The catch is that Cost Plus Drugs don’t participate in insurance networks because pharmacy benefit managers are so frowned upon by insurance companies.

The problem with generic versions of name-brand pharmaceuticals

Patents on medications do more than merely allow their manufacturers to corner the market. They empower pharmaceutical companies to set the prices for their products.

In 2018, approximately 80% of prescription drug expenditures were for brand-name drugs, even though brand-name drugs make up a far smaller share of prescriptions than generic drugs. According to the FDA, the final cost of generic medications is often 80% to 85% lower than their brand-name equivalents.

Typically, Inma Hernandez, an associate professor at the Skaggs School of Pharmacy and Pharmaceutical Sciences at the University of California San Diego, explains, drug manufacturers will only accept lower prices for their brand-name pharmaceuticals if they pay rebates to those pharmacy benefit managers.

To further boost the likelihood of patients being supplied these pharmaceuticals, the middlemen add them to a formulary, which is an insurance plan’s list of favored medications. According to Hernandez, the insurance companies that employed these intermediaries split their profits with the patients who paid the total prescription price.

Hernandez also adds that there is a long-term indirect advantage for patients: cheaper rates. One issue in her mind is the lack of information about pharmacy benefit manager rebates. She believes that only the PBM can tell you how much of the savings is actually passed on to insurance and from there to patients.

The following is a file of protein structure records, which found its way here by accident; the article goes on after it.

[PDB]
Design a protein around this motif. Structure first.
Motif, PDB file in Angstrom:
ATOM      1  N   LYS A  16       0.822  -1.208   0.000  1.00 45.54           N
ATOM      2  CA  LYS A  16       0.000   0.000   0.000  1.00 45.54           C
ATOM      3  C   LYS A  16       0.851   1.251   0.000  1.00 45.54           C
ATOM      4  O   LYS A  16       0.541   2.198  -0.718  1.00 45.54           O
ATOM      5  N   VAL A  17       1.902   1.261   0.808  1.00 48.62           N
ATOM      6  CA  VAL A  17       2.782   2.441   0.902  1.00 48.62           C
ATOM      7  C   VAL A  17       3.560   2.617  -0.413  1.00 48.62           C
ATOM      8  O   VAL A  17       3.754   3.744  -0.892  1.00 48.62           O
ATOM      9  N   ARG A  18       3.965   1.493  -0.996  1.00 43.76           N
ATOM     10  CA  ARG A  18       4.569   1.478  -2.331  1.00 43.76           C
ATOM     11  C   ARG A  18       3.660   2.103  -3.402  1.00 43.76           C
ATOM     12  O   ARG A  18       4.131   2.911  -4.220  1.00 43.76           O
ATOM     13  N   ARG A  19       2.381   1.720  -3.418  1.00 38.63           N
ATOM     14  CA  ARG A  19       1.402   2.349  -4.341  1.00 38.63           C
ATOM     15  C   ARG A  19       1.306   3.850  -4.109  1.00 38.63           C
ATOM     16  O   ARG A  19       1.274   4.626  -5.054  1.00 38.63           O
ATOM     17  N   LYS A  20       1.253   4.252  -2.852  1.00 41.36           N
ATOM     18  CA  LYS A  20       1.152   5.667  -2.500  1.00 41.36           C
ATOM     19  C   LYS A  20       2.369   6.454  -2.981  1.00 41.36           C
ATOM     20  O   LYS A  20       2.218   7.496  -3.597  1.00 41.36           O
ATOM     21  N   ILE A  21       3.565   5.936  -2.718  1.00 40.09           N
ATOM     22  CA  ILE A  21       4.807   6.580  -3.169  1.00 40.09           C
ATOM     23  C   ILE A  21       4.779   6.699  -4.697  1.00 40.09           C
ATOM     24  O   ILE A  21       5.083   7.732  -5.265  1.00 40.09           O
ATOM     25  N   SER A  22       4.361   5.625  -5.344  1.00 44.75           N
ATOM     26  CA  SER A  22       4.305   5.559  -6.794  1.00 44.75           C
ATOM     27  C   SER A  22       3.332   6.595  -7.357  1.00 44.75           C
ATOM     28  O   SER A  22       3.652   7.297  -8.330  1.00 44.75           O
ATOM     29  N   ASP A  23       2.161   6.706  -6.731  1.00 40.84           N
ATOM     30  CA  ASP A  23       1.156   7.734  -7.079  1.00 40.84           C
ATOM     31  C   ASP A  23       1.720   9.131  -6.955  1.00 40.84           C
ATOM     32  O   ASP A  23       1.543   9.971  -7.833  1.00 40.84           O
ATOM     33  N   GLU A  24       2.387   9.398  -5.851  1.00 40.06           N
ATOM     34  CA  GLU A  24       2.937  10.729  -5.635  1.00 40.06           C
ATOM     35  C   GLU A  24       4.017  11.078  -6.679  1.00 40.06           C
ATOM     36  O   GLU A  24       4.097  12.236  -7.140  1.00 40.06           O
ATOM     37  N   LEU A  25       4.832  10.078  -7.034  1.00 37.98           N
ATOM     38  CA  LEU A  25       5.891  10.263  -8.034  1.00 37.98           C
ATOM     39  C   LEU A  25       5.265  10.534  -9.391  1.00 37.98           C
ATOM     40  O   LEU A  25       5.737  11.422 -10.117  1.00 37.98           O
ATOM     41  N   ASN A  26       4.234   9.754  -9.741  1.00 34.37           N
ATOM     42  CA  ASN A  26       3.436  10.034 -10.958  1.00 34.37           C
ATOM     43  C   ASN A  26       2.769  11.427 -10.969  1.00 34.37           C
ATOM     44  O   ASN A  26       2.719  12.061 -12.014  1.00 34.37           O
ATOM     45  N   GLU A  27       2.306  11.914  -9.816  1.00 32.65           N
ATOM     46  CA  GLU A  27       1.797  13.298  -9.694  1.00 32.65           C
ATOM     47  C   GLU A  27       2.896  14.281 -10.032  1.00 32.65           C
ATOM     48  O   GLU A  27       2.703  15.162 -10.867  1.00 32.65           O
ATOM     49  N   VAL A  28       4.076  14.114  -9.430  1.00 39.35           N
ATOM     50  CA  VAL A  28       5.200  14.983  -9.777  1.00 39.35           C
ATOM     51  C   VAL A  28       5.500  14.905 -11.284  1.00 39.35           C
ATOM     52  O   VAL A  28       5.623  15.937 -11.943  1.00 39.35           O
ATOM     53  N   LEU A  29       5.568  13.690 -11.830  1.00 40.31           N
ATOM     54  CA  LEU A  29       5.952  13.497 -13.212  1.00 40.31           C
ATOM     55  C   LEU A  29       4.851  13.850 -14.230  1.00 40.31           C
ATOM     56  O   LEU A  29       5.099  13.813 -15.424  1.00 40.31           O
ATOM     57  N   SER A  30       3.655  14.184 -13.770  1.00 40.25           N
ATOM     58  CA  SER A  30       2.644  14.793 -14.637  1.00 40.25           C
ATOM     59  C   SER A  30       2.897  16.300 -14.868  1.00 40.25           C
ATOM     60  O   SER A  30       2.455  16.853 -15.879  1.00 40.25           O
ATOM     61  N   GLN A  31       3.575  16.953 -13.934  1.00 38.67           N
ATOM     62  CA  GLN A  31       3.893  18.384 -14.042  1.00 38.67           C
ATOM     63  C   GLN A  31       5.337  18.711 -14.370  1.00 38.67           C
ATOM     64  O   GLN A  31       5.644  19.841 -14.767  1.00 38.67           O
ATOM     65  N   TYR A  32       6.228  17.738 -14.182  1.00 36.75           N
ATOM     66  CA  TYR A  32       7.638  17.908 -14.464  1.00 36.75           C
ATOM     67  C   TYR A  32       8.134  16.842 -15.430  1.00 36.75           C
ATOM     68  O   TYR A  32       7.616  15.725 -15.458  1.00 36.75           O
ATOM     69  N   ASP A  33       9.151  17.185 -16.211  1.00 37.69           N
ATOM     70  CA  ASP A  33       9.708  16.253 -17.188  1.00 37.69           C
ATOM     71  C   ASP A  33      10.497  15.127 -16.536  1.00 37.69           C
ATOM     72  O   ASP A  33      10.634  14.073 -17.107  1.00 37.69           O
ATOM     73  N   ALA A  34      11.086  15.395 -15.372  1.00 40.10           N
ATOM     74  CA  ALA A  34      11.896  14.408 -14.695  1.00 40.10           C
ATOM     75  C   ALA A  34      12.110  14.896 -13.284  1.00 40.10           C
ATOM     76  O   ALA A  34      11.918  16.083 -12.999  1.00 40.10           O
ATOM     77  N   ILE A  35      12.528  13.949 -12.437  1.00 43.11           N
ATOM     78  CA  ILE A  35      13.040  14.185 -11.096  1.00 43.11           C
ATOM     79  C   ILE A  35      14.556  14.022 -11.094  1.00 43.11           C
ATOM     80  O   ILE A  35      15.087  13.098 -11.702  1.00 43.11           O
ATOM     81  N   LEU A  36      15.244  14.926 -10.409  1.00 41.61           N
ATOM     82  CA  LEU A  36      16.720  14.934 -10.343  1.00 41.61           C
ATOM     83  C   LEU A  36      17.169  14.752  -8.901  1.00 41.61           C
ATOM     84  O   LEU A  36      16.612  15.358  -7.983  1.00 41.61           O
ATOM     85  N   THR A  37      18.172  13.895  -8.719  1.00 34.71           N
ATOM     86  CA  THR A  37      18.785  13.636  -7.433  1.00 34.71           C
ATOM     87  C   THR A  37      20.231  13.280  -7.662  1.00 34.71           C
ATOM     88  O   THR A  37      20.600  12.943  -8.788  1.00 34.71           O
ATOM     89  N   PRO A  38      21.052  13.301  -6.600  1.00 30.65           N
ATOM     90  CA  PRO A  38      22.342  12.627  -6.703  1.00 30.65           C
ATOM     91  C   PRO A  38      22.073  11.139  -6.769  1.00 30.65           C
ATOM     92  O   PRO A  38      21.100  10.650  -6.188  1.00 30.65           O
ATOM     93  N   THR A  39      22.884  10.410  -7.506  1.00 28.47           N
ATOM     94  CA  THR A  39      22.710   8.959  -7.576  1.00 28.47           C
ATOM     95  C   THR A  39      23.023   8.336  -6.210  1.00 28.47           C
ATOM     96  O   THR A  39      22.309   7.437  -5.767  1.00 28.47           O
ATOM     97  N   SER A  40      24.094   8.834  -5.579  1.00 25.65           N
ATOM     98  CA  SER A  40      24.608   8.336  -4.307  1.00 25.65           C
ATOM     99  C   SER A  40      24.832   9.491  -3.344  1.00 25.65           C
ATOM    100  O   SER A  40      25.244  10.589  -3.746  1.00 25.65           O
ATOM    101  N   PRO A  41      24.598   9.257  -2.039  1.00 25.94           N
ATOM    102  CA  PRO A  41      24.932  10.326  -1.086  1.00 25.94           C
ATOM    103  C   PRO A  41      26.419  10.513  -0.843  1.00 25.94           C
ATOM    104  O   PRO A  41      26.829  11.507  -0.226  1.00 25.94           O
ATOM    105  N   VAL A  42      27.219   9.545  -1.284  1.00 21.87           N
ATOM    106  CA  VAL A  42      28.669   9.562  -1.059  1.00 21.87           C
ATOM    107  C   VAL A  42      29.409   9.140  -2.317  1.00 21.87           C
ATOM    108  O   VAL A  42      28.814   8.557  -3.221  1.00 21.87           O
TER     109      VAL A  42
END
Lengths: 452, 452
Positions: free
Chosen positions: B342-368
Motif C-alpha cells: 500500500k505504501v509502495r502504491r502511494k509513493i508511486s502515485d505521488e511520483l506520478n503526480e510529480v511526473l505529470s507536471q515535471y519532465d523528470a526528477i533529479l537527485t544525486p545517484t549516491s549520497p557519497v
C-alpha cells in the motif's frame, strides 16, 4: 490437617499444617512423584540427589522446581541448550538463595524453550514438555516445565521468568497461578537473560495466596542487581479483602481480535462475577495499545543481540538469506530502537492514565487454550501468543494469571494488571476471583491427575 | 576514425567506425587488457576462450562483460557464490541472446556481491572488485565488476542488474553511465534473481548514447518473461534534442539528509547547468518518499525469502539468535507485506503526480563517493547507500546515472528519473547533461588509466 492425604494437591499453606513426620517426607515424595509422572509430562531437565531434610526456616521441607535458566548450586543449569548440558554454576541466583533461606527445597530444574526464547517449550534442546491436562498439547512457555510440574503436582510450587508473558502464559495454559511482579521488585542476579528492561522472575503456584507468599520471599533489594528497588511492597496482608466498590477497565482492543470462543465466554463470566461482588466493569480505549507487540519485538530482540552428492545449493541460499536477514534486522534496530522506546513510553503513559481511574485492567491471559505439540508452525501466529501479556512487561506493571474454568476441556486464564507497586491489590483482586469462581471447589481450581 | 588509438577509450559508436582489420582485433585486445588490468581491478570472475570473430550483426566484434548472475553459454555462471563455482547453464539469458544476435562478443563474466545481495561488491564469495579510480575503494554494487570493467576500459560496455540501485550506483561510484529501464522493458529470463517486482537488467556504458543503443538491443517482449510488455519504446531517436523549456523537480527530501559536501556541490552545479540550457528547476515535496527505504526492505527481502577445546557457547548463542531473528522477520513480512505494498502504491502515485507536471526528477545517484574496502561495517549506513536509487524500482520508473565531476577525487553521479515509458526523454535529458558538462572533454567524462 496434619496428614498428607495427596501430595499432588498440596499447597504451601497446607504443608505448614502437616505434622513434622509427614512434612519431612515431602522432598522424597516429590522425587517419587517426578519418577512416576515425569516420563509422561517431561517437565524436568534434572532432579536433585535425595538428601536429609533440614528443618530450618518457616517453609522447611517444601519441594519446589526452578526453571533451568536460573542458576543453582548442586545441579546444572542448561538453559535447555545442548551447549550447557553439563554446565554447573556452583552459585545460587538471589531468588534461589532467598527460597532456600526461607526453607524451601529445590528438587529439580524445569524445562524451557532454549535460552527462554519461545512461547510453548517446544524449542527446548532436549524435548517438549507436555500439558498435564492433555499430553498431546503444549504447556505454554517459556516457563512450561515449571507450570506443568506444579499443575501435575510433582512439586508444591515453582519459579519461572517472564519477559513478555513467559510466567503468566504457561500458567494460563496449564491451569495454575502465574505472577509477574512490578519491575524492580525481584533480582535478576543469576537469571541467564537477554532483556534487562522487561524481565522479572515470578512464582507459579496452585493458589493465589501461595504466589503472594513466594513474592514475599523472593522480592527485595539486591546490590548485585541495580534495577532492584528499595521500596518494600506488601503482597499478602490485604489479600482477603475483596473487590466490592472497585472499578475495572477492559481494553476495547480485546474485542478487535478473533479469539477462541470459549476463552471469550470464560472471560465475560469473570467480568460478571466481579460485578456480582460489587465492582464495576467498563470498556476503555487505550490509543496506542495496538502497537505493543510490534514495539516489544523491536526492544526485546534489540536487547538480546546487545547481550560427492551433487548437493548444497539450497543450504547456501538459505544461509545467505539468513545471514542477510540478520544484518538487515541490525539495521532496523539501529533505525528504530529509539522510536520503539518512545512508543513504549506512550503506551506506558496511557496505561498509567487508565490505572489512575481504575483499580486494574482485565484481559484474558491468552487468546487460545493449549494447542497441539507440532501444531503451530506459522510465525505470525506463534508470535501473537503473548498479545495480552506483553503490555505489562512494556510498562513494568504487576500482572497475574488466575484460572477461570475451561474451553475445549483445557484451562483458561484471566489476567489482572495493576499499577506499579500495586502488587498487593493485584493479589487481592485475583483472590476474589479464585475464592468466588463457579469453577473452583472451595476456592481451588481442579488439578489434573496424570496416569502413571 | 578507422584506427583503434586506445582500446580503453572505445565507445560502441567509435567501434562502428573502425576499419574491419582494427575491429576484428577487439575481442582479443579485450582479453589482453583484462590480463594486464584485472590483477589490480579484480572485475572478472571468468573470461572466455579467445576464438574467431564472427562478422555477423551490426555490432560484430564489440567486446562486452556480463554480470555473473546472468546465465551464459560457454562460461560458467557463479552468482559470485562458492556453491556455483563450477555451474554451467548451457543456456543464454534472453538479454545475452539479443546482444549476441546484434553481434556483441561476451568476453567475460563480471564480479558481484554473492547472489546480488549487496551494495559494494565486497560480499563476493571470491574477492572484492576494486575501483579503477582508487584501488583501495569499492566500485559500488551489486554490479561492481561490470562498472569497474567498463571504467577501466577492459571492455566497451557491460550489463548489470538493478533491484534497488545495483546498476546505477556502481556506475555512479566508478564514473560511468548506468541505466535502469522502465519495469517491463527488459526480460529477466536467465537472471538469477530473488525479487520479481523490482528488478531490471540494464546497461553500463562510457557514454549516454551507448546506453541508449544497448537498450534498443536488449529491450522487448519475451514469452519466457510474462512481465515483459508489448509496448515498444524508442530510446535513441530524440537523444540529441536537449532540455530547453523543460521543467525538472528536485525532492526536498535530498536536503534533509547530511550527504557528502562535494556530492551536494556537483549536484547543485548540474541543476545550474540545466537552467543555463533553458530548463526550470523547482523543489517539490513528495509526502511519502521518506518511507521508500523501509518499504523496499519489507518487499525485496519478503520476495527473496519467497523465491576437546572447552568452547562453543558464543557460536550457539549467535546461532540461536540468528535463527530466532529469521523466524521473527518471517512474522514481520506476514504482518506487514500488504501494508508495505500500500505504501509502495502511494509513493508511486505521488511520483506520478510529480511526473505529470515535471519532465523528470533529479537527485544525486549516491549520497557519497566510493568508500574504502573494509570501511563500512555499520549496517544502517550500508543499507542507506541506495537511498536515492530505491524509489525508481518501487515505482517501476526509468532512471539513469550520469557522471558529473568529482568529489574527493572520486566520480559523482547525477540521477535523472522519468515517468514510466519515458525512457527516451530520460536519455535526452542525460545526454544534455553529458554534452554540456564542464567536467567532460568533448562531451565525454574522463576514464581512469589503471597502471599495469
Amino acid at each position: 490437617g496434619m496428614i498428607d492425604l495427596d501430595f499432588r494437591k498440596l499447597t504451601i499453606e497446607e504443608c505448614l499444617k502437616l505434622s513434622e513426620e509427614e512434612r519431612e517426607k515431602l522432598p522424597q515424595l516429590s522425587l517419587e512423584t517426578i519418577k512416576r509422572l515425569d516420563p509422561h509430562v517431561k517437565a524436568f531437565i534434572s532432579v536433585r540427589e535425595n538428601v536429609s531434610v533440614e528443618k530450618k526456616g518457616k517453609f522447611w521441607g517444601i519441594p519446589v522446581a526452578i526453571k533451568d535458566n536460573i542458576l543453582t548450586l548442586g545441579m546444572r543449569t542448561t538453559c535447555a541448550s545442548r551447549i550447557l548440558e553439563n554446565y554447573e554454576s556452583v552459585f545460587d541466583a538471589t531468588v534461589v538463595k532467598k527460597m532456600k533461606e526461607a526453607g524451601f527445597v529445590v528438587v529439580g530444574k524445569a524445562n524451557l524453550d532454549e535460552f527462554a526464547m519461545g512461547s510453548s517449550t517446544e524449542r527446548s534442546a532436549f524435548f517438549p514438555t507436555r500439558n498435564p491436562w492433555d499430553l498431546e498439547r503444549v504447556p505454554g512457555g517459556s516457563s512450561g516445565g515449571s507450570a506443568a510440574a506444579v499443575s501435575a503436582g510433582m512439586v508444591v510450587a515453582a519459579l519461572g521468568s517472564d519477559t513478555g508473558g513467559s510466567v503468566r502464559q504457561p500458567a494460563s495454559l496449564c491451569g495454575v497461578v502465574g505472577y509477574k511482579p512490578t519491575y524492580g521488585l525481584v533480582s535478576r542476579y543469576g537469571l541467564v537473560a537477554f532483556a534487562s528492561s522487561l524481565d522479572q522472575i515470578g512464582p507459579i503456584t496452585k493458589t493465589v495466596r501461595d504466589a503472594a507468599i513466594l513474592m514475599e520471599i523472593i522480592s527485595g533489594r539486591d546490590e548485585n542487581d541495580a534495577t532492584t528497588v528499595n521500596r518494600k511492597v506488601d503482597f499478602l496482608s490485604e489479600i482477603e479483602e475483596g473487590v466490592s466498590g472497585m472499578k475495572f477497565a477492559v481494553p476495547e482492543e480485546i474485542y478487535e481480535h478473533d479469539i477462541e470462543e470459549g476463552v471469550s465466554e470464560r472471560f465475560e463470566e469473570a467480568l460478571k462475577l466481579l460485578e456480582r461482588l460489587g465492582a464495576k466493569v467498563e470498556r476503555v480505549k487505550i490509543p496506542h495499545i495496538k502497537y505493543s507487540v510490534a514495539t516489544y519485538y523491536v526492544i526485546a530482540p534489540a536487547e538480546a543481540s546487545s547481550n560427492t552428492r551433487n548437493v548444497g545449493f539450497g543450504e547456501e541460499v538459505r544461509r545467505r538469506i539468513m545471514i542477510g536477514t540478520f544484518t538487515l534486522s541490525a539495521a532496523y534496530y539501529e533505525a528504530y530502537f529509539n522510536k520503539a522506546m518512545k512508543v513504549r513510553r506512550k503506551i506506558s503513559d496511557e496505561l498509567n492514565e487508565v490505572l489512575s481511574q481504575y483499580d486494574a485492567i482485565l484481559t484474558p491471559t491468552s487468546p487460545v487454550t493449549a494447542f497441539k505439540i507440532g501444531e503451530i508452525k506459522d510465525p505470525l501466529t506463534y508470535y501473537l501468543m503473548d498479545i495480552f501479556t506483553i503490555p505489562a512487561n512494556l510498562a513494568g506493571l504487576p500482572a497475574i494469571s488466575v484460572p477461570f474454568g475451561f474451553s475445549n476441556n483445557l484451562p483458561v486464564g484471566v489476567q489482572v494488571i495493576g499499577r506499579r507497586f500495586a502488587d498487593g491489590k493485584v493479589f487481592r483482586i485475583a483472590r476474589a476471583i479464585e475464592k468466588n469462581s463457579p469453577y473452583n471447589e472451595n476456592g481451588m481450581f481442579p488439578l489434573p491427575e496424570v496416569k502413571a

The provision of formulas by pharmacies is not possible and is not desired. So, as Hernandez points out, pharmaceutical companies have very little motivation to provide rebates to Cost Plus Drugs.

In any case, development is better than standing still.

Cuban told CNBC Make It that the matter is being worked on and that “within six months,” Cost Plus Drugs will have brand-name medications. This is just a ballpark estimate; he clarifies, “We are not ready to disclose anything at this moment.”

If Cuban’s pharmacy can attract a large enough clientele to compete with major insurance providers, pharmaceutical companies may be motivated to offer rebates. Cuban made a claim in a PBS News Weekend podcast last month.

There is a real possibility that the drugstore won’t be able to undercut the insurance business, but at least officially, Cuban’s ambitions remain hazy.

To be sure, Cost Plus Drugs is having an effect. Pharmacy professor at Brandeis University Cindy Thomas says she is “pleased” with the pharmacy’s progress. 

Uninsured, underinsured, or high-deductible insurance plans benefit the most from it. However, it helps a wide range of people in the United States who still need generic pharmaceuticals.

There will soon be a Cost Plus Drugs facility in Dallas, occupying 22,000 square feet, producing generic versions of its brand-name products. According to Thomas, the plant might allow the Cuban drugstore to sell their brand-name generics at a lower price.

Thomas is optimistic that the company will remain in business since he believes it has a bright future. Even if it’s only generics at first, now is a fantastic opportunity to disrupt the pharmaceutical sector and find a method to cut prices.